If the plug is in decent condition but has some black discoloring due to oil, or is wet with gasoline, then this can usually be cleaned up.

Cleaning Lawnmower Spark Plug:

Ways to Clean a Spark Plug:

A:  To Clean a Spark Plug: First, spray the spark plug with brake cleaner or starter fluid, and let it soak in for around ten minutes. Then wipe it with a clean cloth or rag to remove any excess residue. You can repeat this step 2 or 3 times if needed.

Once the spark plug is clean, you should inspect the plug again and determine if the spark plug threads look good – with no cross-threading evident and if the electrode looks good.   If you notice some previously unseen damage at this stage, it’s best to replace it.

Q:  Can Using the Wrong Spark Plug Damage Your Engine?

A:  The short answer is yes. You need to use the specific spark plug needed for your mower, as different engine models require different plugs.

A common sign the wrong spark plugs have been installed is if the electrodes are flattened or broken off. A spark plug that is too long can cause extensive damage to your lawn mower’s engine, whereas a plug that is too short can cause poor performance and fuel efficiency.

The wrong spark plug left in the engine for an extended period can cause problems with the piston rings.

Q:  What causes spark plugs to Fail?

A:  There are various reasons for spark plugs failing, but carbon buildup is common. A cracked distributor case, a clogged air filter, a dirty fuel injector, or an improper fuel-to-air mixture can cause this.

Another reason spark plugs fail is due to oil contamination. If oil seeps into the spark plug, it will damage the tip over time. If the seals fail, then oil can leak into the combustion chamber.

Once You’ve determined the Spark Plug needs Replacing – Refer to the instructions below:  How To Change a Lawn Mower Spark Plug.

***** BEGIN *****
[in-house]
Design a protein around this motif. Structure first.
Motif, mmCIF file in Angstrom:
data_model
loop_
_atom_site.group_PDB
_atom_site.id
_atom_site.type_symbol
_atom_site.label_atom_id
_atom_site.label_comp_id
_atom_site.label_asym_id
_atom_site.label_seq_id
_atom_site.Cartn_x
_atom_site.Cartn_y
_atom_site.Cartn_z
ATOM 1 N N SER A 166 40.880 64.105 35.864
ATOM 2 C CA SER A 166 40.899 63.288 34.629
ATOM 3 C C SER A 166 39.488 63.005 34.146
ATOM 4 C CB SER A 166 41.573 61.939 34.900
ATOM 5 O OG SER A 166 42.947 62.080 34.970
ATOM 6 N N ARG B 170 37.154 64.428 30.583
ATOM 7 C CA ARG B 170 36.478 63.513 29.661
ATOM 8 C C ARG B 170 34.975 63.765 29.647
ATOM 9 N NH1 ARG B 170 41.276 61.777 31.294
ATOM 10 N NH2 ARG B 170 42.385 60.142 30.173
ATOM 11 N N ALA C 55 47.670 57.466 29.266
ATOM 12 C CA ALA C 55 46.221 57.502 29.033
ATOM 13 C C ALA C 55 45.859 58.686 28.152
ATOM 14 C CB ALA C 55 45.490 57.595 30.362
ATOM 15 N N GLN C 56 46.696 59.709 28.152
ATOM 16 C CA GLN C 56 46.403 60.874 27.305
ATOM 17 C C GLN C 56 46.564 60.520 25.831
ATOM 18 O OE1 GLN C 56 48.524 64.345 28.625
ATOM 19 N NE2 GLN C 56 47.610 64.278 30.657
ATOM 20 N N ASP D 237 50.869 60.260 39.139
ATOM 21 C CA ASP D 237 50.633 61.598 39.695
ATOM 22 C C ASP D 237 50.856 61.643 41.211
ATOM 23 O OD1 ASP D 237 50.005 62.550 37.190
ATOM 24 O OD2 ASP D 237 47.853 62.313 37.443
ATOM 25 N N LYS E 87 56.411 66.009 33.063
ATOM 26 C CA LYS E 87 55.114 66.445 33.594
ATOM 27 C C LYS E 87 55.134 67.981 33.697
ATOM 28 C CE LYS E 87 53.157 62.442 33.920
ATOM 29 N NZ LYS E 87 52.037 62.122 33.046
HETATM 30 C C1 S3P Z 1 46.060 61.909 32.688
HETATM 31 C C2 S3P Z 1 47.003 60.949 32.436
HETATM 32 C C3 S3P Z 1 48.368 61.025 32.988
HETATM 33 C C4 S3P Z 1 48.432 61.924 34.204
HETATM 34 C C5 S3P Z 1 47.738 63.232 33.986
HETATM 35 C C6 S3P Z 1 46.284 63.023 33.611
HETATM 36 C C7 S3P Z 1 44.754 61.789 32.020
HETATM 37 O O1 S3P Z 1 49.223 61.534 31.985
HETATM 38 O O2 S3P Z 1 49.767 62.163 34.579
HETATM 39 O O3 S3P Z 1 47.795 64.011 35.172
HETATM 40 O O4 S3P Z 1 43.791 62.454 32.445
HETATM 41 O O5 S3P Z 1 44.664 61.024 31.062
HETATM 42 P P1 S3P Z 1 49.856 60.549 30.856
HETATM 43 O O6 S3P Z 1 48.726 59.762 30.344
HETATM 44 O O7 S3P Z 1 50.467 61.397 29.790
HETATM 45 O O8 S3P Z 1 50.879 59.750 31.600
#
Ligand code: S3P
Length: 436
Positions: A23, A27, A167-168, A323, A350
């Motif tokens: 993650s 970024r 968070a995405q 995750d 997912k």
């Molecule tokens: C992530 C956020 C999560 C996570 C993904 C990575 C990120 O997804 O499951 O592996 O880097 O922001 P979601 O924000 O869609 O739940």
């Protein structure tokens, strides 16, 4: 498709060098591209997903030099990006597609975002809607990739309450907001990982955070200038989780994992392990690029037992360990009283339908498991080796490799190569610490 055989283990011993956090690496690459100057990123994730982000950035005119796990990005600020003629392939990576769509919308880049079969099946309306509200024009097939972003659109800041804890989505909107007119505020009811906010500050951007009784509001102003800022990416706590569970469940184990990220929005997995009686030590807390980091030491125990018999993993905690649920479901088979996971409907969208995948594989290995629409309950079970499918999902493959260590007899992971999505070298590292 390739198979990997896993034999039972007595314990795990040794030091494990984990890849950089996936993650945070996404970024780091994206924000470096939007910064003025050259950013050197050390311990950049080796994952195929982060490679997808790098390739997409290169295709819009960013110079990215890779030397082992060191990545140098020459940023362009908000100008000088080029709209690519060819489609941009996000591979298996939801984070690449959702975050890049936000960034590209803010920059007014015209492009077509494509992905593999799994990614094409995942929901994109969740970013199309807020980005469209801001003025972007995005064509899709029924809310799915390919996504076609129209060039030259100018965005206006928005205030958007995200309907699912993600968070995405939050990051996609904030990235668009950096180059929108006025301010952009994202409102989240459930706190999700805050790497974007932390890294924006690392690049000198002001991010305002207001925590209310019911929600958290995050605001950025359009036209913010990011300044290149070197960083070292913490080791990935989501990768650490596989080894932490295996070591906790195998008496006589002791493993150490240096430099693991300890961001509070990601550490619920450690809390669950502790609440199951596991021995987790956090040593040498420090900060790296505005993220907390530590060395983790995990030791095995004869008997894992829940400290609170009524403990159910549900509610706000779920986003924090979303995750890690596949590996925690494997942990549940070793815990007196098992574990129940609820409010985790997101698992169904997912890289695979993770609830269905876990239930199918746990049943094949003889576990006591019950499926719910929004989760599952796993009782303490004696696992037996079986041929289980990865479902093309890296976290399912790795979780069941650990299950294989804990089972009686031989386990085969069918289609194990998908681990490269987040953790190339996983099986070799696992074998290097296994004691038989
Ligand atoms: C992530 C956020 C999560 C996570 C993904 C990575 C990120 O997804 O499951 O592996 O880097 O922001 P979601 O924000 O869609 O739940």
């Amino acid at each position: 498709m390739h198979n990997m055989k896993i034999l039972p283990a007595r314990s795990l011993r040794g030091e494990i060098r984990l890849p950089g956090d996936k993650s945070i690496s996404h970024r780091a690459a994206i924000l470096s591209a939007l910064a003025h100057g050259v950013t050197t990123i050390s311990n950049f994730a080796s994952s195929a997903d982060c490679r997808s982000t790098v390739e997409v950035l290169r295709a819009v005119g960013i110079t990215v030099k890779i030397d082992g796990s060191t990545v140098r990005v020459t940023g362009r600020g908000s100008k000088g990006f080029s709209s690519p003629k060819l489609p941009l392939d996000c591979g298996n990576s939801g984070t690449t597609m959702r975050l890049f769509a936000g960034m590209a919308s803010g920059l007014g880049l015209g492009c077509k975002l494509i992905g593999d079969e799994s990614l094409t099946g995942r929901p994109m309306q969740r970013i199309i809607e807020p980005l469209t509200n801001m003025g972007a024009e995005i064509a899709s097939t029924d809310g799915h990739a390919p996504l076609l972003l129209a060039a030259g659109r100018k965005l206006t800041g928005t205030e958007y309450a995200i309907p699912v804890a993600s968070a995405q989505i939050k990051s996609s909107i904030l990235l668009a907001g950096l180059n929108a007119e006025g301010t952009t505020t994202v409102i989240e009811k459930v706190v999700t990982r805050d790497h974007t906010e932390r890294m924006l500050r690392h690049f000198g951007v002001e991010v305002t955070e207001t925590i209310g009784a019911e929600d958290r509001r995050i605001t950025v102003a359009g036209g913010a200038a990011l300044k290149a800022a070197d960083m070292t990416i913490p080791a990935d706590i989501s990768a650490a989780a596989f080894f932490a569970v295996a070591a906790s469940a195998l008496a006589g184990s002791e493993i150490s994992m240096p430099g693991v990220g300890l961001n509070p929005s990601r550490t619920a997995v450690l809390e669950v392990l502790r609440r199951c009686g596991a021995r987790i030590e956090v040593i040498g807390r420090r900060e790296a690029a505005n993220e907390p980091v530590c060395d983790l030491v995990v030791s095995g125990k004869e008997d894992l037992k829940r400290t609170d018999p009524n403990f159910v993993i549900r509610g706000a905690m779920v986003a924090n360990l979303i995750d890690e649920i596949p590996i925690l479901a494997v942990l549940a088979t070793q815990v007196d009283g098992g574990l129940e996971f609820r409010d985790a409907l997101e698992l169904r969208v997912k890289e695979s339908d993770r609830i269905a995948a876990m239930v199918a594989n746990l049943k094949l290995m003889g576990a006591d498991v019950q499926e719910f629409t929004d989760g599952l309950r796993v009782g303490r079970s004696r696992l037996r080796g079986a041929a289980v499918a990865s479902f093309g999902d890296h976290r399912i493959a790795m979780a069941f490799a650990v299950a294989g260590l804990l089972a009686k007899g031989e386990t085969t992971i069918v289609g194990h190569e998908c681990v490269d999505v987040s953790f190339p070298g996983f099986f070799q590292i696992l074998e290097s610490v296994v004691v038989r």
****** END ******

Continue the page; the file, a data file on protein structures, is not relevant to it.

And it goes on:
Q:  How do you change a lawn mower spark plug?

A:  Replacing your lawnmower spark plug is straightforward and a more manageable lawn-mower maintenance task. You’ll only need a ratcheting socket driver, a spark plug socket, and a spark plug gauge tool.

For the novice who may be asking where is the spark plug on a lawnmower, the spark plug can be found beneath the black spark plug wire.

The first thing you should do is check your replacement plug is the same model and shape/size as the one that’s been replaced. You can usually match them using the reference numbers on the white insulator. Next, follow the steps below to replace a spark plug:

  • Disconnect the spark plug lead and clean around it
  • Remove the old spark plug using a socket driver or wrench. If you’re having trouble removing the old spark plug, you can try adding some lubricant and leaving it to soak for 10 minutes.
  • Once the old spark plug is removed, inspect the electrode to see how the engine is running. If it’s too wet, there may be a problem with the engine choke system. If it’s powdery and seems too dry, there could be a problem with the carburetor mounting gasket, or it could be starved of oil.
  • The final step is to insert the new spark plug into the hole of the engine. Always turn the spark plug by hand initially; until it doesn’t turn anymore, make sure you don’t cross-thread it.
  • Then use the spark plug wrench, a deep socket wrench, or a socket driver to tighten the plug. Don’t over-tighten. Make it snug; then, you need to connect the spark plug wire back securely on the top of the plug.

Video: “How to Check, Clean, And Replace a Lawn Mower Spark Plug”

Q:  What size wrench do you need for a spark plug?

A:  You’ll need a socket wrench to remove a spark plug. They have rubber inside to protect the spark plugs’ ceramic insulator. Sparkplug sockets come in sizes from 13/16 inches to ¾ inches.